Boundaries are Good

What if they get mad at me?

If people get mad at you for having boundaries, it means they’ve benefited from you not having any.  You don’t need to keep people happy every minute of every day.  You are not responsible for other people’s feelings.  If someone has a reaction to your boundary, you didn’t “make” them react.  You chose to voice your feelings and needs.  They chose their reaction.  You cannot control what other people do.

As a child of an alcoholic and growing up in a dysfunctional family, I learned early to stuff my feelings and to accommodate others.  It was my coping mechanism.  I felt obligated to keep the peace at all cost and appease others; even to the detriment of my own needs and happiness.

Since I’ve been in recovery, I’m learning to put my own feelings first.  The days of “going along to get along” are over.  I’m learning that boundaries are not selfish.  They aren’t overindulgent or evidence that you’re too sensitive, and they aren’t weakness.  Boundaries are conditions that allow you to take care of yourself; conditions that give you the means to survive and keep from sinking.

#ACoAAwareness

Source: Daniell Koepke, PsyD., Founder of Internal Acceptance Movement (I.A.M.)

Stop Negative Self-Talk

Basically, negative self-talk is any inner dialogue you have with yourself that may be limiting your ability to believe in yourself and your own abilities, and reach your potential. It is any thought that diminishes you and your ability to make positive changes in your life or your confidence in your ability to do so.

Some common forms of negative self-talk include:

  • You magnify the negative aspects of a situation and filter out all of the positive ones.
  • When something bad occurs, you automatically blame yourself.
  • You automatically anticipate the worst.

Growing up in an alcoholic-dysfunctional environment exposed me to a lot of negative talk.  It was a daily part of life.  Negative self-talk is a bad habit that I had to break once I became self-aware of its destructive affects.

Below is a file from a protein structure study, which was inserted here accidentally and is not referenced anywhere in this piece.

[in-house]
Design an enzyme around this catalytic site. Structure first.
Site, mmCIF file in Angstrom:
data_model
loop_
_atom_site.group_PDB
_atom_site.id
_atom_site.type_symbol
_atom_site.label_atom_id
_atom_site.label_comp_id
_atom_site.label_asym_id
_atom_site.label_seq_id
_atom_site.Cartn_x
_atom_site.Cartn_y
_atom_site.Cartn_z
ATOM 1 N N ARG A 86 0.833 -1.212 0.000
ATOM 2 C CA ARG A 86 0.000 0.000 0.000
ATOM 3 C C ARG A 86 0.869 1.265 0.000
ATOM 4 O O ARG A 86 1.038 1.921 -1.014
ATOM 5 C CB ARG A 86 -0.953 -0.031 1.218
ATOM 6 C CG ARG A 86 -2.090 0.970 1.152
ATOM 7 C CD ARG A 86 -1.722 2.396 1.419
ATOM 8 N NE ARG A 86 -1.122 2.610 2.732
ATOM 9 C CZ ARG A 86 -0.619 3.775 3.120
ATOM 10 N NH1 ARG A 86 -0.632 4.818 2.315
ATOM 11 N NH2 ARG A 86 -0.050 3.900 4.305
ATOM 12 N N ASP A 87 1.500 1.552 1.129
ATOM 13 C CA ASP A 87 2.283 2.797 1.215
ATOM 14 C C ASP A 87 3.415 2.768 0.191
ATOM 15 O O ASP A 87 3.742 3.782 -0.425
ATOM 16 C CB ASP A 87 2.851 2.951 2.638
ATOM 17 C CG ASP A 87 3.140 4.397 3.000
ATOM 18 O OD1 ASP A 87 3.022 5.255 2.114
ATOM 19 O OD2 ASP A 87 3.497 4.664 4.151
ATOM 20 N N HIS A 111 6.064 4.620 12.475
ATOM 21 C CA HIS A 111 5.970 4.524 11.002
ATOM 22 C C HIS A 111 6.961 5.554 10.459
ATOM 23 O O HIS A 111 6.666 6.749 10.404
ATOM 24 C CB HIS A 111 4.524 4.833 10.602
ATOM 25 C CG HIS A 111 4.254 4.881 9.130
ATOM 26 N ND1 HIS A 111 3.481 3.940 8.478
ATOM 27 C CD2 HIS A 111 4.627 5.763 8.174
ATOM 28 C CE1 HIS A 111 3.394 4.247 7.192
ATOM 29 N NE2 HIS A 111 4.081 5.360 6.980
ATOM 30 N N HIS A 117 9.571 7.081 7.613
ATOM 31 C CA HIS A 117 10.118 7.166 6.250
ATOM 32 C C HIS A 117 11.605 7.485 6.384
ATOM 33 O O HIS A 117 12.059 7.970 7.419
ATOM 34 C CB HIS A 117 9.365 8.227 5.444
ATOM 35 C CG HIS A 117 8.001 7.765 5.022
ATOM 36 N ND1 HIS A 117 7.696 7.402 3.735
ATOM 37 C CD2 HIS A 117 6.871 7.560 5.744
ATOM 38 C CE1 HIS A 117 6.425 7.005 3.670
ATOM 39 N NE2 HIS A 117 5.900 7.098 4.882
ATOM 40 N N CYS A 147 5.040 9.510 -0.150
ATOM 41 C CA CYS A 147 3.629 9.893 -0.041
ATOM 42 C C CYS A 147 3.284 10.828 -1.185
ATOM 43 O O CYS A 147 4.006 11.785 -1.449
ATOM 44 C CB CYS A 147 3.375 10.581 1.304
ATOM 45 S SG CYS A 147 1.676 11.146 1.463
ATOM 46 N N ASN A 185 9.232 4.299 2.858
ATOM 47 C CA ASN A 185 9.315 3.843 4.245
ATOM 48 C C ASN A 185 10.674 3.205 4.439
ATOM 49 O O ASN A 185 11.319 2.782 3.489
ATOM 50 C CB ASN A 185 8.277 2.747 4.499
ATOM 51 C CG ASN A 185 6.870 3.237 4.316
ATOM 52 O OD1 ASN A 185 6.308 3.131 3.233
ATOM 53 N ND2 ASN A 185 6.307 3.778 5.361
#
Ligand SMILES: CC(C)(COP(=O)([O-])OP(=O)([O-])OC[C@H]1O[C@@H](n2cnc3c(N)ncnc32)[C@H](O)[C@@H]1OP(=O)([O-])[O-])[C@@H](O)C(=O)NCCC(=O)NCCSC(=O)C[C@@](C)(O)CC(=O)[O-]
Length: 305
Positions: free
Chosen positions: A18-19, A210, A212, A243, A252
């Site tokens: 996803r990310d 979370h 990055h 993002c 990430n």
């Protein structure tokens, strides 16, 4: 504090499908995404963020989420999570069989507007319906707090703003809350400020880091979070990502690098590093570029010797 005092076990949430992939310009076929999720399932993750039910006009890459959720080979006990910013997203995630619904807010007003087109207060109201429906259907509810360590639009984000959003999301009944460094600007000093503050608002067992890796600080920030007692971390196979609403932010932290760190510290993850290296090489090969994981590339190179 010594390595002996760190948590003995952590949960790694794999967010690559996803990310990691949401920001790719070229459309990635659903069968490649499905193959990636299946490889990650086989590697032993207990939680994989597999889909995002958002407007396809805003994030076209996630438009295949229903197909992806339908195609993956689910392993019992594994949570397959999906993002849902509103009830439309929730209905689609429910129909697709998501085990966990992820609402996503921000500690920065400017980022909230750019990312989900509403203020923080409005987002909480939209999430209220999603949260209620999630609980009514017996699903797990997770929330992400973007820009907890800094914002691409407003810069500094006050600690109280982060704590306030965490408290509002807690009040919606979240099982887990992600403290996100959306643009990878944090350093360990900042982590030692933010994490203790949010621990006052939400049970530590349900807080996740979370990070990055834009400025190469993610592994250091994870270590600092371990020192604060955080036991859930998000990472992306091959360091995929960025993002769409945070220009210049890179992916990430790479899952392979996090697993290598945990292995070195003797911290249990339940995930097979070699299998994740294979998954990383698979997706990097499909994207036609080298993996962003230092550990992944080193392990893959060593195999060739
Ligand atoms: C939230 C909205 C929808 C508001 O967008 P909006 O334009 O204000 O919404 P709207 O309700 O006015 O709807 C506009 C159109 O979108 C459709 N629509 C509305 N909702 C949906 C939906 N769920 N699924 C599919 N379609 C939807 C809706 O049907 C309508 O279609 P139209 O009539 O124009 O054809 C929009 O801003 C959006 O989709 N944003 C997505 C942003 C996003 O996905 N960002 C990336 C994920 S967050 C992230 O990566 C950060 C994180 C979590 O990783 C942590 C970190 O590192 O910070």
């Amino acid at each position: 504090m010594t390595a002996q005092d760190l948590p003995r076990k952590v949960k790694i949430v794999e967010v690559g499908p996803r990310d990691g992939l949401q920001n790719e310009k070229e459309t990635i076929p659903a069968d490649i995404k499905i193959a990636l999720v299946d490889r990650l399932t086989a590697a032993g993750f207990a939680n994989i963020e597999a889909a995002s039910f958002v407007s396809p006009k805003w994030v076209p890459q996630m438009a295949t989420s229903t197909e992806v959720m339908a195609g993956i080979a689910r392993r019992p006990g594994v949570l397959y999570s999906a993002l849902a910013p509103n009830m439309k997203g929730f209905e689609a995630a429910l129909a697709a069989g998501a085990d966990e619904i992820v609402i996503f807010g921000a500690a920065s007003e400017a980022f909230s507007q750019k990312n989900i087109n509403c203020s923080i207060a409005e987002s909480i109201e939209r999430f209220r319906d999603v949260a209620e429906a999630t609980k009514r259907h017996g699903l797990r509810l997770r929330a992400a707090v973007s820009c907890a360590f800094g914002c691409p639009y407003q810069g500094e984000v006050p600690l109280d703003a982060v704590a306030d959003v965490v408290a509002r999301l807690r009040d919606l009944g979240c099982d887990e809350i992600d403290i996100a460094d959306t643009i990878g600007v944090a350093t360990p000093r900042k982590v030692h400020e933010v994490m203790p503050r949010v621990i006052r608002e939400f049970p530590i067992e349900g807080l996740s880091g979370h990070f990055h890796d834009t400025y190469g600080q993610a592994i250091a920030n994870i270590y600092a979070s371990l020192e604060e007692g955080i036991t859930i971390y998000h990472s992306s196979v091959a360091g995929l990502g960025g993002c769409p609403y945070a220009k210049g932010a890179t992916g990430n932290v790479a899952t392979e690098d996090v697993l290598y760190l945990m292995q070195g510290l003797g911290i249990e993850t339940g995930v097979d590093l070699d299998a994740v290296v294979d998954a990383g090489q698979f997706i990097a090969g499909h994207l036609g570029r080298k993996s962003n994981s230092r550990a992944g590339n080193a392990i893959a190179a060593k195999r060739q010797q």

I’ve learned to be kind to myself and have more compassion for myself. Having some compassion for yourself, and trying to imagine whether your best friend would ever say these things to you really puts thing in perspective. I think, “would I honestly let anybody else talk to me that way?” “Would I ever say that to someone I love or care about? If not, why the double standard?”

I also keep a gratitude list. If you can stop for a moment and look at what you’re grateful for, what is positive in your life can change how you feel. It can be as simple as looking around you and acknowledging the beauty.

And I practice affirmations. If I find myself engaging in negative self-talk sometimes it’s easier to change that thought than to stop thinking it. Using affirmations is a great way to do that. The key to affirmations is to keep them short, in the present, and positive. Saying something like ‘I am healthy and well’ or ‘I am beautiful and loved’ or ‘I’m surrounded by loving and supportive friends.

#ACoAAwareness

Halloween Madness

This year is the first time, in as long as I can remember, that I am not tempted by all the trappings of chocolate and sugary treats.  Since learning about how my compulsive behavior, as it relates to being an adult child of an alcoholic, caused me to become a food addict, I understand how bad sugar really is for me.

It was obvious that all the sugary snacks and drinks I consumed caused me to be obese.  But I didn’t realize that abusing sugar the way that I did was associated with things like putting me at risk for heart disease, depression, and fatty liver.

Thankfully, with the help of a 12-step food addiction program I was able to detox from sugar in a relatively short amount of time.  I have no cravings for my former vices and my daily  commune with my Higher Power keeps me on track.  This year is a Happy ‘no sugar’ Halloween for me.

#ACoAAwareness

In Remembrance

October is National Substance Abuse Prevention Month.  During this time I often remember my late father, who was an alcoholic, and my late brother, who was a substance abuser (heroin).

My brother went into rehab many times in his life but always relapsed.  His last relapse resulted in an overdose.  My father never really tried to stop drinking.  Even when he was dying from emphysema, he craved alcohol.

To many non-addicts, it’s puzzling why people with substance use disorders would recklessly risk their lives to get high.  Brain chemistry helps explain such behavior.  Using drugs and alcohol releases dopamine in the reward pathway of the brain; dopamine is a neurotransmitter that helps regulate the brain’s reward and pleasure centers, as well as emotional responses.  This can affect alcoholics and addicts to the point their brains re-prioritize what’s most important, such as eating and survival.

As a food addict, I understand the brain chemistry of an addict.  Sugar is my addiction and my over-consumption greatly affected by health.  I am thankful for recovery and know that the key to staying in recovery is with the help of my Higher Power (God).